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Union wages, strikes and profits

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  • Stephen Blumenfeld
  • Andres G. Victorio

Abstract

A model is used to propose the countervailing effects of a strike upon wages. Wages may rise if unions succeed in obtaining concessions. They may fall if firms succeed in neutralizing the potential damage to their profits. Some US evidence suggests that wages fall whenever strikes increase in intensity, somewhat corroborating the view that unions have continued to become weaker over time.

Suggested Citation

  • Stephen Blumenfeld & Andres G. Victorio, 2012. "Union wages, strikes and profits," Applied Economics Letters, Taylor & Francis Journals, vol. 19(6), pages 517-520, April.
  • Handle: RePEc:taf:apeclt:v:19:y:2012:i:6:p:517-520
    DOI: 10.1080/13504851.2011.587760
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    References listed on IDEAS

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    1. David Card, 1990. "Strikes and Wages: A Test of an Asymmetric Information Model," The Quarterly Journal of Economics, Oxford University Press, vol. 105(3), pages 625-659.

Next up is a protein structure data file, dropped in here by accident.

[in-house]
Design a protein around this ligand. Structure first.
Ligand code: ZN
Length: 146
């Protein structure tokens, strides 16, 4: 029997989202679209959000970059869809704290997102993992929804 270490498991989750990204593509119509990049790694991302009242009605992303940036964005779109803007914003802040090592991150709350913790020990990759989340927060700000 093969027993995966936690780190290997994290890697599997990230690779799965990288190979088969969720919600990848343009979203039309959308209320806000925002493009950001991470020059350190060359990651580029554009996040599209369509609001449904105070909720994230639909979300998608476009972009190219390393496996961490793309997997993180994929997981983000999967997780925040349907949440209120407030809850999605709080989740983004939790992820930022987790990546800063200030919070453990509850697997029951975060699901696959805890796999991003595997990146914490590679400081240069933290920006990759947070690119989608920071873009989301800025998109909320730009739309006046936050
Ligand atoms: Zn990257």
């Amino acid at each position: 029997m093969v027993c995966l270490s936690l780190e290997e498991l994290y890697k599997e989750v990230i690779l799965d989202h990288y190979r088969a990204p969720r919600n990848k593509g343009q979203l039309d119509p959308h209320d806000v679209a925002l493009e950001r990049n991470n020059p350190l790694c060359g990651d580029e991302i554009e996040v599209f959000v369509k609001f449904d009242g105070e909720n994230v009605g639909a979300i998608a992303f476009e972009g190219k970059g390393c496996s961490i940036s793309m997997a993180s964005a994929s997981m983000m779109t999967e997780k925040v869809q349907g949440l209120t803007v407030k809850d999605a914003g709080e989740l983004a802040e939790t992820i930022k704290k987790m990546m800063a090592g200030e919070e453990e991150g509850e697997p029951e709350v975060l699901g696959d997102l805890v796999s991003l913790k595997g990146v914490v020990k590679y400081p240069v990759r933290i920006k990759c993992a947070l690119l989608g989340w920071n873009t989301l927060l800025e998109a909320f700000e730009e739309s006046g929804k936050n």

2. Hayes, Beth, 1984. "Unions and Strikes with Asymmetric Information," Journal of Labor Economics, University of Chicago Press, vol. 2(1), pages 57-83, January.
    3. Neumann, George R & Rissman, Ellen R, 1984. "Where Have All the Union Members Gone?," Journal of Labor Economics, University of Chicago Press, vol. 2(2), pages 175-192, April.
    4. Sparks, Gordon R & Wilton, David A, 1971. "Determinants of Negotiated Wage Increases: An Empirical Analysis," Econometrica, Econometric Society, vol. 39(5), pages 739-750, September.
    5. Orley Ashenfelter & John H. Pencavel, 1969. "American Trade Union Growth: 1900–1960," The Quarterly Journal of Economics, Oxford University Press, vol. 83(3), pages 434-448.
    6. D. A. L. Auld & L. N. Christofides & R. Swidinsky & D. A. Wilton, 1981. "The Effect of Settlement Stage on Negotiated Wage Settlements in Canada," ILR Review, Cornell University, ILR School, vol. 34(2), pages 234-244, January.
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